Monday, February 3, 2014


Saturday morning, I stopped by my sister's apartment to drop off her Avon order and found her going through a box of stuff from my mother's apartment. (Mom died years ago, but only recently has my sister begun going through Mom's stuff.)

"Here --- this is yours," my sister said to me and handed me a stuffed manilla envelope.

"What is it?" I asked.

I opened the envelope and withdrew its contents: five old dress patterns for styles from the mid- to late-1960s.

"What do you mean these are mine?" I asked.

"Mommy bought them to make dresses for you," she explained.


"She even made one dress for you --- this one," she said, as she pointed to one of the patterns I held in my hands.

"She was going to give it to you as a birthday gift. But then she changed her mind because she didn't want to embarrass you."

(Note that although my sister and I are very close, she does not support me much on the trans front.)

"So, she knew," I replied.

"Dad knew, too, and he talked her out of giving the dress to you."

I always suspected that my parents knew and now my suspicions were confirmed.

"Wow! What happened to the dress?" I asked.

"I have no idea," my sister replied, "Let's change the subject."

I don't know what was the next subject because my mind was still on the dress my mother made for me and how my life might have been different if I had only confided in her.

Source: Female Mimics

Femulator in street style circa 1964.

Source: ShopBop

Wearing Phillip Lim.


  1. WOW! ..What a revelation for you. ..'bout like when I learned my father had panties and bras in his drawer. ..learned well after he died.

  2. Once my brothers and I had all started school my mother went back to work doing piece work sewing in a dress factory to help support our family. The dresses that she sewed were sold at upscale stores such as Lord & Taylor's, B. Altmans and also Macy's. She was paid for each dress that she sewed and was allowed to purchase any dresses that she sewed for the cost of the material. I had several female cousins and my mother would bring home dresses that she had sewed at work for my cousins. I was jealous but kept my feelings under wraps.

    If these were patterns that your mother had purchased with an eye towards sewing one or more for you, then I would suggest that you consider finding yourself a friendly seamstress and ask her if she can make you a dress from one of those old patterns. I think that you would find it a fair and honorable tribute to your mother and her love and understanding of you. It would provide you with a subtle but loving recollection of your parents, especially your mother. Plus, at least for me, I love the dress styles from that era.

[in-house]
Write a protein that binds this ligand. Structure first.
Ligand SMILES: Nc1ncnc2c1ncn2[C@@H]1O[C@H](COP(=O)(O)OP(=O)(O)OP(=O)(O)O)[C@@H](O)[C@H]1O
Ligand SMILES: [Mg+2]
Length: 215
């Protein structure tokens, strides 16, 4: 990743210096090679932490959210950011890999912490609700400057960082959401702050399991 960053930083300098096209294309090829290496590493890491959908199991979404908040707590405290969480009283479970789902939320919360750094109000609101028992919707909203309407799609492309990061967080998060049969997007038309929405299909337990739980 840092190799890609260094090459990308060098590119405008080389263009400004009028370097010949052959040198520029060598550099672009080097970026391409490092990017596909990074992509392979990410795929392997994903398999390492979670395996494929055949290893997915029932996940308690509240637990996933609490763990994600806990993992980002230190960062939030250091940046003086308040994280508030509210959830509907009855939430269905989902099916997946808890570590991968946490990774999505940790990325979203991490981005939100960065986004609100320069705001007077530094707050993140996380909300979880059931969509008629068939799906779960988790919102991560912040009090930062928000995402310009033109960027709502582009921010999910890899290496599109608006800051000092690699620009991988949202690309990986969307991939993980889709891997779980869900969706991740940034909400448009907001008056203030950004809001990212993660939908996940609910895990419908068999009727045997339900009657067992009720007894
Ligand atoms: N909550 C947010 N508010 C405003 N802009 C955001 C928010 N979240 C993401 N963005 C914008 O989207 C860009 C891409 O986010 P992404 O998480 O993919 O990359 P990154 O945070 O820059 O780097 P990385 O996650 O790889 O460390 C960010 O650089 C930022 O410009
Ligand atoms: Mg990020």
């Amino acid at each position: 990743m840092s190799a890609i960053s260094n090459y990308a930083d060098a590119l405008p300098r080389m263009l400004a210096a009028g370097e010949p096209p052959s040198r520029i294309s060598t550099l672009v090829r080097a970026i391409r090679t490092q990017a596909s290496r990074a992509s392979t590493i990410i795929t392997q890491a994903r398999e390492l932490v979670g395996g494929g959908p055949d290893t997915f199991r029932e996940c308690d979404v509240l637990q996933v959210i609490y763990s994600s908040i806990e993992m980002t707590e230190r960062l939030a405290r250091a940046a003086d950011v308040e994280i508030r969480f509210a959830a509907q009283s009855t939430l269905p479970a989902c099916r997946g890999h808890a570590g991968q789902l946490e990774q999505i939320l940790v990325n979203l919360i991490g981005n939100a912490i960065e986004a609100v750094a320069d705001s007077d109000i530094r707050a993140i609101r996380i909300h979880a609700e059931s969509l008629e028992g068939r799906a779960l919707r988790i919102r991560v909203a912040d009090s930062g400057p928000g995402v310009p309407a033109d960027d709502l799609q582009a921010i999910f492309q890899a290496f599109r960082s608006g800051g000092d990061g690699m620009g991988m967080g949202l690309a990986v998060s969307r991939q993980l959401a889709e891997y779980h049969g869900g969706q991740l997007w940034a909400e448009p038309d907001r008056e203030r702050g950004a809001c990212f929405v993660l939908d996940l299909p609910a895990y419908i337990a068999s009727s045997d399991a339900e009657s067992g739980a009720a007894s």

1. Pat (and Stana),

      Great suggestion to have one of the dresses made for you from the patterns. It would be a tremendous tribute to your mother and definitely a wonderful reminder of your parents.

      Not sure how well your sister would like it, though!


  3. Dear Stana,

    Although it's unfortunate that you never knew until now that both parents realized your very strong feminine inclinations and desires, I imagine finding out now pointed two rather positive things (in my opinion):

    1. your Mother knew you and understood you so well, and the making of a dress for you showed she accepted your femininity, and still loved you very much;

    2. even though your Father talked your Mother out of giving you that very special birthday present, it's good he never chided you (or worse) for being a feminine son (of course, I'm assuming this, but if that were true, it seems he was a pretty good and understanding Father).

    I hope you felt good after your sister's revelation. It was good of her to share the facts with you, especially since she is not supportive on the trans front. It was kind of her to tell you about your parents' knowledge of your strong feminine side. A less kind sister would have not ever given you the manila envelope and told you of your parents' insightful knowledge of you.

    Thank You for sharing this very personal story with us.



  4. It might have changed your relationship with both parents, maybe not for the better with your father. Things, it seems, happen for a reason. At least you know... that's important.

  5. What might of been. Call doc brown and ask him to fire up the DeLorean. I m glad your sister didn't tell you that your mom sewed the dress and gave to her instead.of course on the bright side it would have been there to try on just remember it s NEVER too late, but you re running out of time I know you ll figure something out

    By the way I went to my first job interview EVER in girl mode, it s for outside sales
    The interview went great, I feel very confident, but I m keeping my fingers crossed none the less wish me luck. I m hoping to start trend!

  6. Stana:

    You have been given a gift that is absolutely priceless, that you will cherish the rest of your life. The gift is a revelation that validates you more than any of us could. I am in awe of the depth of your mother's love for you and of your father's love shown by his forbearance. For a man of his generation to not attempt to change you is huge. You are loved more than you ever know.


  7. Parents know their kids, and this goes for EVERYTHING! Better late than never, at least you know NOW a bit about your parents you never knew.

    Good for you, Stana! Great post!

  8. Thanks to the great spell caster know as Dr.Ekpiku, for bringing back my man who has left me for the past 5months. But now i have be able to have my man through the help of Dr.Ekpiku, again all thanks to you and your Oracle Dr.Ekpiku. People out there having this same problem i have before, should please contact Dr. Ekpiku on for i know him will help you, just like him did for me